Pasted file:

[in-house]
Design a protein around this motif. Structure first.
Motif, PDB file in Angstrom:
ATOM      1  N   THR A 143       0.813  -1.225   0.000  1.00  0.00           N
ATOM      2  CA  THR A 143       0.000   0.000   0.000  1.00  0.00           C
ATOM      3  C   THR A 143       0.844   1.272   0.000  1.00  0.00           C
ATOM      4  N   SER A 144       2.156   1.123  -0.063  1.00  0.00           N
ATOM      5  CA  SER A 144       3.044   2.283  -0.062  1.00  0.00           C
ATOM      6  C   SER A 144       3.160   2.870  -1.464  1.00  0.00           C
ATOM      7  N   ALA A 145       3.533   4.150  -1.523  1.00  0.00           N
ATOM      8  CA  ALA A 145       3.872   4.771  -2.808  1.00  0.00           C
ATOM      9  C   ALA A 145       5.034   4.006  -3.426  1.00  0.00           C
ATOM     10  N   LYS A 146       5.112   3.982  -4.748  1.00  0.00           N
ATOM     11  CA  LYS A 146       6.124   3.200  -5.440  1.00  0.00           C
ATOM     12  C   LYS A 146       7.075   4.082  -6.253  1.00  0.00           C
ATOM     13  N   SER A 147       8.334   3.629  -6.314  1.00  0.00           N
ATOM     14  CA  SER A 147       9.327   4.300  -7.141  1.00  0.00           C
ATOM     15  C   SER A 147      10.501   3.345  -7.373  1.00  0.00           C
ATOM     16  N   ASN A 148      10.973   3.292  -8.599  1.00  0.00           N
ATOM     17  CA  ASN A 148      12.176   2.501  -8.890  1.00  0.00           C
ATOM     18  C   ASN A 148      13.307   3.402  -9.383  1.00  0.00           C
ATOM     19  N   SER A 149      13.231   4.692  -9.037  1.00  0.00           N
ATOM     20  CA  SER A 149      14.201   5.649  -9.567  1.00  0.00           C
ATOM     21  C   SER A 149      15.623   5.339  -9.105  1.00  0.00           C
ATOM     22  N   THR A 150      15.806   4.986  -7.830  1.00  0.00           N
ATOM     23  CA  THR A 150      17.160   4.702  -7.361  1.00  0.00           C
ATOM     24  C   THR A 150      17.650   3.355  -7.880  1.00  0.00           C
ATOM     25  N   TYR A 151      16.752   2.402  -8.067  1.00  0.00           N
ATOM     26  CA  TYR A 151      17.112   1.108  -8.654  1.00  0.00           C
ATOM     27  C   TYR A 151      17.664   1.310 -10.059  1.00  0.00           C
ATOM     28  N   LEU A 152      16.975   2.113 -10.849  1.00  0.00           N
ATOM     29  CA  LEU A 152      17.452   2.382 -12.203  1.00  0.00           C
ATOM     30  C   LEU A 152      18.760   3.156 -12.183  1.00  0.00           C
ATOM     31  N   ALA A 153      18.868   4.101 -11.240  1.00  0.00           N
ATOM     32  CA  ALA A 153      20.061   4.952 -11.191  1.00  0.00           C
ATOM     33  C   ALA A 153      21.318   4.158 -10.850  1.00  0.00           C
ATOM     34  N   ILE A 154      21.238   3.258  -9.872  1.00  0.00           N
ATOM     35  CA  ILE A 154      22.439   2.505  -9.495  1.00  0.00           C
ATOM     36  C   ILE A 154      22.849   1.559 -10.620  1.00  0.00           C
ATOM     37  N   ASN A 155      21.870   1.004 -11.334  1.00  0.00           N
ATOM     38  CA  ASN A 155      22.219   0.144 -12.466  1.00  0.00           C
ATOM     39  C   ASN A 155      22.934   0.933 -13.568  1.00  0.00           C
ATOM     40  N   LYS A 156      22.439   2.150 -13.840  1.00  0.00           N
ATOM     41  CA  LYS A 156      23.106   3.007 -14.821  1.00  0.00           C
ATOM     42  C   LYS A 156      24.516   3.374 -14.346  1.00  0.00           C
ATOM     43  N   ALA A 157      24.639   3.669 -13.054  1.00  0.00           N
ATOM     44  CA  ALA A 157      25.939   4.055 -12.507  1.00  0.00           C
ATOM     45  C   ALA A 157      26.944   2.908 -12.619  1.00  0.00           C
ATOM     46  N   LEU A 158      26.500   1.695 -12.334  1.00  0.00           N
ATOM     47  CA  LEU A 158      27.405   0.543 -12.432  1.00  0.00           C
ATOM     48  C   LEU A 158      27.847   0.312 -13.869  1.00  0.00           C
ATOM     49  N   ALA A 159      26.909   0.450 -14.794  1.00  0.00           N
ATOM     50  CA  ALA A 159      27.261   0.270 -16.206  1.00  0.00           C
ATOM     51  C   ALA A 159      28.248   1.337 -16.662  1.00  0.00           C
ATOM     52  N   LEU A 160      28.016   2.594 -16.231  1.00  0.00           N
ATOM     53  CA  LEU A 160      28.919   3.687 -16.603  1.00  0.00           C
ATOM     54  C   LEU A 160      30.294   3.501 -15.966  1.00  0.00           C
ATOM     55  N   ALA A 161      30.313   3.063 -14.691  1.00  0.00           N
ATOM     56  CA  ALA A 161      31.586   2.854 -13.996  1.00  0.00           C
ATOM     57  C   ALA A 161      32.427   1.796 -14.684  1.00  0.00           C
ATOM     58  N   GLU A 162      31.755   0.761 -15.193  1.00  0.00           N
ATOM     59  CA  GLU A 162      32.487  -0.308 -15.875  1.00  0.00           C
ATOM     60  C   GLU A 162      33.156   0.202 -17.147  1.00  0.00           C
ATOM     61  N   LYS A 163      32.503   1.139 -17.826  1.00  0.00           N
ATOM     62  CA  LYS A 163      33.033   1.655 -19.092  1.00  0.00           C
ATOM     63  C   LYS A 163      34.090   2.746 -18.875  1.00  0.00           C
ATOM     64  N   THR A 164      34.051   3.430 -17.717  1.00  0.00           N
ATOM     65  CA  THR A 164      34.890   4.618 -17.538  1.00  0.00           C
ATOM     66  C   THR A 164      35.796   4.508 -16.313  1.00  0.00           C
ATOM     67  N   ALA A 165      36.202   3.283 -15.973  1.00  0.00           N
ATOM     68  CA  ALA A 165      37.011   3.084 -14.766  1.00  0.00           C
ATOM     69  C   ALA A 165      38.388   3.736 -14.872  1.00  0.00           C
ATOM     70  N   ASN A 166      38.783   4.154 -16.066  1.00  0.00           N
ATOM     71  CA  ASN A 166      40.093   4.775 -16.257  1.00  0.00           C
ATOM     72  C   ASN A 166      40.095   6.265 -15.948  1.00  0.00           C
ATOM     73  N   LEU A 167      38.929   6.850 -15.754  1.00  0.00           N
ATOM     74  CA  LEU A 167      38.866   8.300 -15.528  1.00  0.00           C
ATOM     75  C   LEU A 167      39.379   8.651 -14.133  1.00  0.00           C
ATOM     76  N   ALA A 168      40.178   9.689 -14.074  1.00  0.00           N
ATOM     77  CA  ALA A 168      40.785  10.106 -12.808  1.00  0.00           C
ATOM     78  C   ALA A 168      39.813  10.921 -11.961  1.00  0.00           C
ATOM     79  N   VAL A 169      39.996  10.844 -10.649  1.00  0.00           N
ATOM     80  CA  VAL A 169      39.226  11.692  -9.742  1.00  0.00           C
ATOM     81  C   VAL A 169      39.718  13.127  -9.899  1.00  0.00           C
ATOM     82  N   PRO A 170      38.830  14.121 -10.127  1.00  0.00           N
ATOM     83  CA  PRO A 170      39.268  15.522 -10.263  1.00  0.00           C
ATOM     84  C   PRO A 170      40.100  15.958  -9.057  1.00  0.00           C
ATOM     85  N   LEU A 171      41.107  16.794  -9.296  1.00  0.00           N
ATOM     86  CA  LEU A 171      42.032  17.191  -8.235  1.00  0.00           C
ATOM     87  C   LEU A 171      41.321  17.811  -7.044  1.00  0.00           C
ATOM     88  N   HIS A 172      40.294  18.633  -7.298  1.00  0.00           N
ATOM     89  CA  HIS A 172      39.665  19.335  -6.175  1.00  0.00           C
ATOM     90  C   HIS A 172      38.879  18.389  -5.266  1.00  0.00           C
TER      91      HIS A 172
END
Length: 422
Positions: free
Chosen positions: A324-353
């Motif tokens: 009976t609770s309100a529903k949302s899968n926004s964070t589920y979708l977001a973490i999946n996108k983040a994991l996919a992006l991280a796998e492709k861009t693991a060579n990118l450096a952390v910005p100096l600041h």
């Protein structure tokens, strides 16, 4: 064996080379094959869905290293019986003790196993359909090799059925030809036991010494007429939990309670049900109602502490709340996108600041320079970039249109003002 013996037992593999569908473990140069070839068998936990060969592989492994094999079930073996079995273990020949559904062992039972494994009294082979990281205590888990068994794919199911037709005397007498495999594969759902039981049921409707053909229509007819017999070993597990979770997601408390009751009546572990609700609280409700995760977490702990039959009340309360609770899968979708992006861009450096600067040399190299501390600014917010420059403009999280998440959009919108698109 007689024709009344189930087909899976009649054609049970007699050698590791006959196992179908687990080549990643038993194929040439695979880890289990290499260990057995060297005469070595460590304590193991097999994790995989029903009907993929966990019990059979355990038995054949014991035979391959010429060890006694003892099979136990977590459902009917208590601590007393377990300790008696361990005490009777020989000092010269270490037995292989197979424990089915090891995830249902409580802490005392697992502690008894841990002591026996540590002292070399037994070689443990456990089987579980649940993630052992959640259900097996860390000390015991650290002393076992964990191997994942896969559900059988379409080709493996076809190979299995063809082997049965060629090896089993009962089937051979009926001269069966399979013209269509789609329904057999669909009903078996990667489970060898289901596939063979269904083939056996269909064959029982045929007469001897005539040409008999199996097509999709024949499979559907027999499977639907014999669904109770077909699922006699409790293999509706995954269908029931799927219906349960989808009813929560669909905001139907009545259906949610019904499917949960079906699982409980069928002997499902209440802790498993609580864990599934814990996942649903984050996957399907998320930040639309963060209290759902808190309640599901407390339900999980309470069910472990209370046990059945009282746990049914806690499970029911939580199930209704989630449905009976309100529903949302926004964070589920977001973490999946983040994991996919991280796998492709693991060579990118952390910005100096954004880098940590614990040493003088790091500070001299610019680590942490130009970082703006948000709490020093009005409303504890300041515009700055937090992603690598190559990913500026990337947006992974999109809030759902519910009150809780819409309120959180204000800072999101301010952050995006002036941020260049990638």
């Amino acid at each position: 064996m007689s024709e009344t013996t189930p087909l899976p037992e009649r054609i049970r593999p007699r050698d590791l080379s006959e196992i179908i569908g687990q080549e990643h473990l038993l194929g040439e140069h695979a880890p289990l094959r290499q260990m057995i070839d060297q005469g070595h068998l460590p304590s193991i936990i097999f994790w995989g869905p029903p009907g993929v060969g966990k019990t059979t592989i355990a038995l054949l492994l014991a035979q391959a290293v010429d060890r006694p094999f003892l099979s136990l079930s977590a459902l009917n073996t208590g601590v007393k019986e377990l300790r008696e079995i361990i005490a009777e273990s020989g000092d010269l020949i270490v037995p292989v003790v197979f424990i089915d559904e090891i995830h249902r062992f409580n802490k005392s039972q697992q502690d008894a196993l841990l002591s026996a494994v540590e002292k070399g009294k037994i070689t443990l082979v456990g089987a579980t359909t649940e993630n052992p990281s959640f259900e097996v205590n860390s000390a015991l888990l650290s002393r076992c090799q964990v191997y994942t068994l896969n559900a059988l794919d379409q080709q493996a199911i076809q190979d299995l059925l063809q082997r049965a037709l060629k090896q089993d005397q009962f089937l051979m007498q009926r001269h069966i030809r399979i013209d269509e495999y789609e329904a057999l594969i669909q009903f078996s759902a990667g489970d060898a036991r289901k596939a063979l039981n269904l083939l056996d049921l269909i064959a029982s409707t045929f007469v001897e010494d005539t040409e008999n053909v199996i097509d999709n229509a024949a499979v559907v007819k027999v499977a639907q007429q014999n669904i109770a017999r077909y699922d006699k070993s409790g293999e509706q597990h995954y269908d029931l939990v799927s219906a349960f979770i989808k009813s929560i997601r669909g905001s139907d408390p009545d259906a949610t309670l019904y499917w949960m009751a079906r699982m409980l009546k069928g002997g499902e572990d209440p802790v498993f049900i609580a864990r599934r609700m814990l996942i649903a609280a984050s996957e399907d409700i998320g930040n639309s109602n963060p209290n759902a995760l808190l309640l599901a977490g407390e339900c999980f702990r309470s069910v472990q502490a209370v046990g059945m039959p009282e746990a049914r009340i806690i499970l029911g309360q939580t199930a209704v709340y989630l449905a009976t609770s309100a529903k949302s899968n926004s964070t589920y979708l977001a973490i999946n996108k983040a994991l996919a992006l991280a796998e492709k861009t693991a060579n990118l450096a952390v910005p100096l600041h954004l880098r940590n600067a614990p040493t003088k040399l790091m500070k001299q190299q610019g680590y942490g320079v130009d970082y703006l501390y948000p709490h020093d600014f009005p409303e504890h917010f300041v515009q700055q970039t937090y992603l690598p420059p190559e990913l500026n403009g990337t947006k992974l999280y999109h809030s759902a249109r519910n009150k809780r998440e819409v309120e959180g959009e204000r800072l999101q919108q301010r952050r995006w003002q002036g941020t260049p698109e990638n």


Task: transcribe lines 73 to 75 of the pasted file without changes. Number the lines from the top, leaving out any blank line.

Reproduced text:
ATOM     70  N   ASN A 166      38.783   4.154 -16.066  1.00  0.00           N
ATOM     71  CA  ASN A 166      40.093   4.775 -16.257  1.00  0.00           C
ATOM     72  C   ASN A 166      40.095   6.265 -15.948  1.00  0.00           C